As the North Korean Supreme Leader Kim Jong Un triumphantly displays his military might with harsh rhetoric and failed missile launches, the world watched — trapped on the edge of emotion between laughter and concern with the uncertainty. Meanwhile, national leaders convened to discuss the next steps.
According the State Department, on April 25th United States Representative for North Korean Policy, Joseph Yun met with national leaders in Tokyo. In attendance, Kenji Kanasugi, the Japanese Ministry of Foreign Affairs Director General for Asian and Oceanian Affairs as well as Kim Hong-kyuen, South Korea’s Special Representative for Korean Peninsula Peace and Security Affairs.
In a post-meeting interview with the Korea Times, Kim stated that they agreed to take “unbearably strong punitive action” if the Supreme Leader launches a “new provocation” against our allies. However, he went on to say that “it is inappropriate to talk about the details”.
He did, however, add that this included stronger, anti-North responses within the existing scope of the U.N. Security Council resolution, increased country-level sanctions and continued international diplomatic pressures.
Much of the meeting was dedicated to securing the “constructive role” of China, North Korea’s only ally, in an effort to curb nuclear ambitions.
Japan’s representative went on to tell the Korea Times that China plays the most vital role in the denuclearization of the country.
A day earlier, President Trump discussed this vital role with Chinese Prime Minister Shinzo Abe and President Xi Jinping.
These meetings were followed by a rare White House Senate briefing on April 26th. During this meeting, several high-ranking military, state and intelligence officials briefed the senate on the increasing nuclear capabilities in the North.
Secretary of State Rex Tillerson, Secretary of Defense James Mattis and Director of National Intelligence Dan Coats said in a joint statement.
“Past efforts have failed to halt North Korea’s unlawful weapons programs and nuclear and ballistic missile tests. With each provocation, North Korea jeopardizes stability in Northeast Asia and poses a growing threat to our allies and the U.S. homeland,” the statement read.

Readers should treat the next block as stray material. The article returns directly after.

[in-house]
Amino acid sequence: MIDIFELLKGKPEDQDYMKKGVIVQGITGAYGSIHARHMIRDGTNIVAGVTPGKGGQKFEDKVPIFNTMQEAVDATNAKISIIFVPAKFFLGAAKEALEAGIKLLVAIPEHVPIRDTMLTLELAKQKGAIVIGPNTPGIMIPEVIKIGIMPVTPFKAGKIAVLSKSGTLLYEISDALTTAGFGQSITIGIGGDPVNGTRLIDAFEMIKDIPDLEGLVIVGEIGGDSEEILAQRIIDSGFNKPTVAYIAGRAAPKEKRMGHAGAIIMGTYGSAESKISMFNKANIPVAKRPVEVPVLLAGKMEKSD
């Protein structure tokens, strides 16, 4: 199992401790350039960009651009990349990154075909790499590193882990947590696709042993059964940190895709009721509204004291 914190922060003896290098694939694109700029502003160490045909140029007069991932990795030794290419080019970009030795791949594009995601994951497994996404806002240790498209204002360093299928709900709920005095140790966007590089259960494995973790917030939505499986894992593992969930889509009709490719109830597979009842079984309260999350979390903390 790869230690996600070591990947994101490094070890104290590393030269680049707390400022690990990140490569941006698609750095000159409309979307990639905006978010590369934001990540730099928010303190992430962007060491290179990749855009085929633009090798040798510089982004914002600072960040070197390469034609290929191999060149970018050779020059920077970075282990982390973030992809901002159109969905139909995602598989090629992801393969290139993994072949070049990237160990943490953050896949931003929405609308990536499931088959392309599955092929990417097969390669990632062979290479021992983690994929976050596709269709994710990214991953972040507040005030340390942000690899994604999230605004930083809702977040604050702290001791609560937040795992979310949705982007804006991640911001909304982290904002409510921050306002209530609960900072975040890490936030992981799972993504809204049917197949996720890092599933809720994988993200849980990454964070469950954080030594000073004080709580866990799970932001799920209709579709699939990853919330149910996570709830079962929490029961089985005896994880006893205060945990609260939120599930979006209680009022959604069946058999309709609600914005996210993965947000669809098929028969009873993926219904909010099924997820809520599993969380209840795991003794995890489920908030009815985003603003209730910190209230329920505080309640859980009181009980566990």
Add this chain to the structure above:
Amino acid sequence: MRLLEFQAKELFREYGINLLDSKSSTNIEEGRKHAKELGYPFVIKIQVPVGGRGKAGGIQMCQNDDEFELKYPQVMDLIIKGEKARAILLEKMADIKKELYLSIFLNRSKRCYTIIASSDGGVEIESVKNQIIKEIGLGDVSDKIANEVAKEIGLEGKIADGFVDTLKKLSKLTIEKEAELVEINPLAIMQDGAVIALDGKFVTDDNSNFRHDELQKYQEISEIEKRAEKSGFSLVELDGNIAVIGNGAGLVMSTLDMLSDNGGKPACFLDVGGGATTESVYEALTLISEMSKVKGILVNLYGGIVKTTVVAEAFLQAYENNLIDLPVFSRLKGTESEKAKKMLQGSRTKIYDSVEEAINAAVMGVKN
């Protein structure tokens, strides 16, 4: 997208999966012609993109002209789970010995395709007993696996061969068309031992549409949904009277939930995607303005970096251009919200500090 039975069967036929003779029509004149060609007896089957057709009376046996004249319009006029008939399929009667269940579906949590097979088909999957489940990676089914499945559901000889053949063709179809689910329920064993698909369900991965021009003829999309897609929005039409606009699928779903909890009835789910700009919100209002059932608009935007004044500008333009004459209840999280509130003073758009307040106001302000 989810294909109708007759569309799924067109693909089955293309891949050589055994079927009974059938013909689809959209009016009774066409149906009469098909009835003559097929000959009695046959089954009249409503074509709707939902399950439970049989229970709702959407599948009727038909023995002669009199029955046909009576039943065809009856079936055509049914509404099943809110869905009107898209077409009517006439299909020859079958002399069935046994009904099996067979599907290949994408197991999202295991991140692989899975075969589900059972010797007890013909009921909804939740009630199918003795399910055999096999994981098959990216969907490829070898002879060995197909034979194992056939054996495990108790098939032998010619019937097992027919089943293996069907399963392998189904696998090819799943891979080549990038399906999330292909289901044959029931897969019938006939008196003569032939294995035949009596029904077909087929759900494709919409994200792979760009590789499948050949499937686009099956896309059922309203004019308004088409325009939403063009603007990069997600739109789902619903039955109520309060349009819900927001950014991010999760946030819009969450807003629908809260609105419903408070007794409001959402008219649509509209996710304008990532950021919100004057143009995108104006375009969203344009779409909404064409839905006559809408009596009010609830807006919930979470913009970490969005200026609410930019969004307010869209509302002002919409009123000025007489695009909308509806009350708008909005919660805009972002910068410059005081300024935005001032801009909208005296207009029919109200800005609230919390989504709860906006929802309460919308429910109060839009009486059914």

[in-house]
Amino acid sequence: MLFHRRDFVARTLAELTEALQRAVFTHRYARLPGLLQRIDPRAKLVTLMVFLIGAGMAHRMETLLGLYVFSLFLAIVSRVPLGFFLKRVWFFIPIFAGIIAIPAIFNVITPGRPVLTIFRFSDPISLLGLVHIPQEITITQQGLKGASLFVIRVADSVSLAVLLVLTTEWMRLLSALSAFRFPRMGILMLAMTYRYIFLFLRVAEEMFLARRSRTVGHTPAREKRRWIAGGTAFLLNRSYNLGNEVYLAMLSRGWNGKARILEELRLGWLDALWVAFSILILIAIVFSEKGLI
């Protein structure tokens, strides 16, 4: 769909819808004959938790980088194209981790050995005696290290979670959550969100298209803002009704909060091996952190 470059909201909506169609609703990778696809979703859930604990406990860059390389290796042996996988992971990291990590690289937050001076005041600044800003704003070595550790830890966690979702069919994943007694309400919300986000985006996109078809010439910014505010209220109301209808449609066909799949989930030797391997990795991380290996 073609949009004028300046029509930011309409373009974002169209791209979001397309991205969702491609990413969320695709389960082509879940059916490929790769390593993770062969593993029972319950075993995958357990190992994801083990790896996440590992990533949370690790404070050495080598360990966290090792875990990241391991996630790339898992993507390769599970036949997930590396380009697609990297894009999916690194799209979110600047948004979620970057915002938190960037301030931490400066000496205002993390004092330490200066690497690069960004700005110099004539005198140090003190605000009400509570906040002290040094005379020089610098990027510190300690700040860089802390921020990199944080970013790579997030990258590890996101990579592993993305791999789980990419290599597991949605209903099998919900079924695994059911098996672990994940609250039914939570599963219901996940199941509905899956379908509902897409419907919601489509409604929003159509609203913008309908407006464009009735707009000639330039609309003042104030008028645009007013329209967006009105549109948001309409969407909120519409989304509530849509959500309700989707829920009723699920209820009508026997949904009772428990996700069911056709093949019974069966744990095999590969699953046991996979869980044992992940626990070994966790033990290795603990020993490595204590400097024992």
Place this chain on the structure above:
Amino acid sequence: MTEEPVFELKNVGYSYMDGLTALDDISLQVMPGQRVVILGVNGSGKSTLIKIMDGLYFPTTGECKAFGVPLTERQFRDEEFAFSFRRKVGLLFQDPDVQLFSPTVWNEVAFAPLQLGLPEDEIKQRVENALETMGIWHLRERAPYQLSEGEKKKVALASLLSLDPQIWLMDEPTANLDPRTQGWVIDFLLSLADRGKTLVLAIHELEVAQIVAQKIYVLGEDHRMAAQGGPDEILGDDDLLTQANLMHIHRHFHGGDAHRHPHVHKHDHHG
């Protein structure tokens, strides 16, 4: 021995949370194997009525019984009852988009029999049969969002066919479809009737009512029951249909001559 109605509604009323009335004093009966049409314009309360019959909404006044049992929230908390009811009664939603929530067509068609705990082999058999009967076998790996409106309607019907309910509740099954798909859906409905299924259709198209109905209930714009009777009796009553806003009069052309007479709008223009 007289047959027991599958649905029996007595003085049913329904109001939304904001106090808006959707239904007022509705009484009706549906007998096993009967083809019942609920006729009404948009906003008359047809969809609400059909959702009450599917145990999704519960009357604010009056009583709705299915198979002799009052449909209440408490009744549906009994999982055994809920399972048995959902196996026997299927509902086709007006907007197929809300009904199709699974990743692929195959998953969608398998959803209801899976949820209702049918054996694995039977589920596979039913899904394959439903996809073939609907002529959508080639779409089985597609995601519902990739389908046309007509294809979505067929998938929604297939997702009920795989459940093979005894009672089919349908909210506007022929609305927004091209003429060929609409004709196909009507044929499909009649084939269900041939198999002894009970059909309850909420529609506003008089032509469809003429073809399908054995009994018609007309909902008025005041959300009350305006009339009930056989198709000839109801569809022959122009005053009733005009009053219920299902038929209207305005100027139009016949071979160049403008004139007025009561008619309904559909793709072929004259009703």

Despite the failed launches, with undying persistence of their leader, U.S. officials expect the North will soon meet its objective of developing a long-range missile capable of hitting the U.S. They continue to discuss options.
Such heightened discussion doesn’t come without action. Over the past two weeks, President Trump ordered several military vessels, including an air craft carrier, to the region. With this increased military presence, the U.S. is poised for action should Pyongyang act upon its threats, provoking response.
Earlier that week, in another show a might, North Korea conducted large scale live-ammunition artillery drills as the Supreme Leader watched proudly from a distance. They are determined to be ready for what they see as an imminent and unprevoked attack from the “evil” U.S. and South Korea.
North Korea has a rich history of propaganda and indoctrination going back at least 3 generations, during which time children have been raised to hate the U.S., see their country as mighty and their leaders as infallible.
They spend long school hours listening to military leaders telling them of the evils of those who seek to destroy them and the importance of defending their country against outside influence. They are taught that they are nothing, and owe their very lives to the Kims, the ruling dynasty of the last 3 generations of which Kim Jong Un is the current, reigning leader.
Children, around the age of 10, are forced to join a group called the Children’s Union, where they swear to always think and act according to the teachings of their leaders.
Joining the group is seen as the highest privilege with the top students being permitted to join first, then the average, then everyone else. This group leads to the Youth league and later the various adult Unions.
By the time they reach adulthood, they don’t ask questions. They celebrate the constant show of strength and force by their leaders against the outside world that they believe wants to destroy them. Those few who choose not to uphold the values of the people are sent away to die in labor camps.
Meanwhile, China, in a continued effort to play peace keeper as it in many ways props up the Kim regime, opposes the increased show of military force by the U.S. and its allies and seeks to maintain a “strategic balance” in region. Whether or not the balance can be maintained or China’s action will come too late, we have yet to see.
~ Conservative Zone